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Giving i a concrete meaning

  1. Jul 8, 2010 #1
    OK, first things first, I am not a university student in math, or anything. I am actually still in high school. I am very interested in math, even, say, too interested for my level :)

    Well, yesterday I learned, on the internet, about the imaginary number i (Being [tex]\sqrt{-1}[/tex]) and I read about it having no occurrence in nature. Well, I, in a couple of minutes of thinking, gave it a meaning. Maybe an expert can say how this doesn't make sense, that's why I came here to talk about this.

    Say you are a sanity inspector. You have a little contraption that calculates the amount of water in the sewers. There is, say, 100 litres of clean water all the time, and the rest is waste water. Well, you know that a house produces constantly 10 litres of waste water. So that way, you can know how many houses are in your city with (x-100)/10, x being the amount of water in the sewers. Now, you know that in this particular city, houses are placed in a square grid. You are interested in the amount of houses on one side of that grid, so you may use [tex]\sqrt{(x-100)/10}[/tex] to find out that piece of information.

    Imagine now that there is a leakage in the sewers. We lose 100 litres of water, and we have, say, 9 houses, so (x-100)/10 is equal to -1 (because the amount of water in the sewers dropped to 90 litres, being the amount of waste water produced by 9 houses). Well, you blindly continue, and get [tex]\sqrt{-1}[/tex] as the amount of houses on one side of the grid. We can replace that with i to make things simpler. Now, you cannot count i houses. You cannot see i houses. So i must be a different quantity. i can actually be defined by 10 houses worth of leakage. So i is actually an answer to another question than the one you asked. And therefore, i is a concrete, naturally occurring object.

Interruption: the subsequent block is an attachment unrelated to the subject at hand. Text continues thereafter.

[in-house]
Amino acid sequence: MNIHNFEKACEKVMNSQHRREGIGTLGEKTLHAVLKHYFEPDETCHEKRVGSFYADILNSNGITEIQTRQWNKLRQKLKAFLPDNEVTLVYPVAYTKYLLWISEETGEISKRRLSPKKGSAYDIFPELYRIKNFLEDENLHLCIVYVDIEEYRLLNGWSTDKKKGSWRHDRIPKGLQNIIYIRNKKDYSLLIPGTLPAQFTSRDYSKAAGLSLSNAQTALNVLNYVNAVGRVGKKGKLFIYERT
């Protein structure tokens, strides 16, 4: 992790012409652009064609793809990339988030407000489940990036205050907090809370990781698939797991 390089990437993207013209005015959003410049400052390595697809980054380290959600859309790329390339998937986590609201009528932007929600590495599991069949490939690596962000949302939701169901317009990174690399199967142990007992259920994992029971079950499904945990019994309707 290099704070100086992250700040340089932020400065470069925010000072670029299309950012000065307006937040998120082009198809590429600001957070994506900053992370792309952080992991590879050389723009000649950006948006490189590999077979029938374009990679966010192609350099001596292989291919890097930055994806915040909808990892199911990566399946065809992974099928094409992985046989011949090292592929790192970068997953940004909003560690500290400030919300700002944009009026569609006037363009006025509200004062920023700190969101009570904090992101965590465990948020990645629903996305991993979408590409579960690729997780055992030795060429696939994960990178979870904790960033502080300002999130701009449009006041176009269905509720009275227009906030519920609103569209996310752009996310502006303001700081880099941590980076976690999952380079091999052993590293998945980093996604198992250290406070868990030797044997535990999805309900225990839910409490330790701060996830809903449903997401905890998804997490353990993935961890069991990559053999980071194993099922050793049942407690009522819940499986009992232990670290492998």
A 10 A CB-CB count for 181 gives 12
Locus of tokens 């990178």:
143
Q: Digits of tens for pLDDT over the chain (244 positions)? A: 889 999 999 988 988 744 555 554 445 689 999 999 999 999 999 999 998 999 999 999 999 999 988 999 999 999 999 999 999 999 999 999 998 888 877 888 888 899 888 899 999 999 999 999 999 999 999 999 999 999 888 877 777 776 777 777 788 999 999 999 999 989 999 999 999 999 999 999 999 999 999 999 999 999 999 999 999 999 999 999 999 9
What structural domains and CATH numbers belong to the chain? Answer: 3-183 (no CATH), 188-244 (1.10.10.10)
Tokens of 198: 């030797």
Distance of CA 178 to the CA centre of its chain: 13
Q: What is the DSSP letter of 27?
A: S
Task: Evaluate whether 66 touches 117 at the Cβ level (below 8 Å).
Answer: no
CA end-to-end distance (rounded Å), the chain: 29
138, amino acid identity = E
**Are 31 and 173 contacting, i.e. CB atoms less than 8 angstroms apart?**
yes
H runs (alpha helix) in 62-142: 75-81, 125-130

Last edited: Jul 8, 2010
  2. jcsd
  3. Jul 8, 2010 #2
    I am a sanity inspector (sorry couldn't help it).

    Perhaps you are a sanitation or sewer inspector; likely not a very good one, cause I'm pretty sure that there isn't any "clean water" in the sewers.

    The number 100 (clean water in the sewer) in your equation is therefore not valid.

    If your grid is 100 houses x 100 houses, you have 10000 houses in your city (not houses^2).

    If you look at half of the houses, you are looking at 5000 houses, not the sqrt.,,
  4. Jul 9, 2010 #3
    Well, what I meant is like some kind of water to, say, decrease the concentration of waste water. Maybe 100 litres is too much...
    The number itself can maybe too big, but no matter how you change that number (unless you bring it down to zero) there is always a point where the leakage is too big and gives a negative square root.
    Oh, sorry, when I said "On one side of that grid" I meant:

    • * *
    • * *
    • * *

    Where bullets are the "side" and asterisks are the rest of the grid.
    9 houses, 3 bullets. [tex]\sqrt{9}=3[/tex]

    Thanks for telling me where I wasn't precise and/or realist ^^
  5. Jul 9, 2010 #4


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    Alas you can't believe everything you read on the internet. While most people will use complex numbers to describe the things that are usefully described by complex numbers, there are a handful of people who are averse to anything that isn't a real number. The fact that there are a couple of useful ways to write a complex number as a pair of real numbers makes them an easy victim of such an attitude.
  6. Jul 11, 2010 #5
  7. Jul 12, 2010 #6


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    You can instead think of i as an operator that transforms a number to the orthogonal axis
  8. Jul 13, 2010 #7
    Not sure this is the kind of concrete meaning the original poster was looking for.
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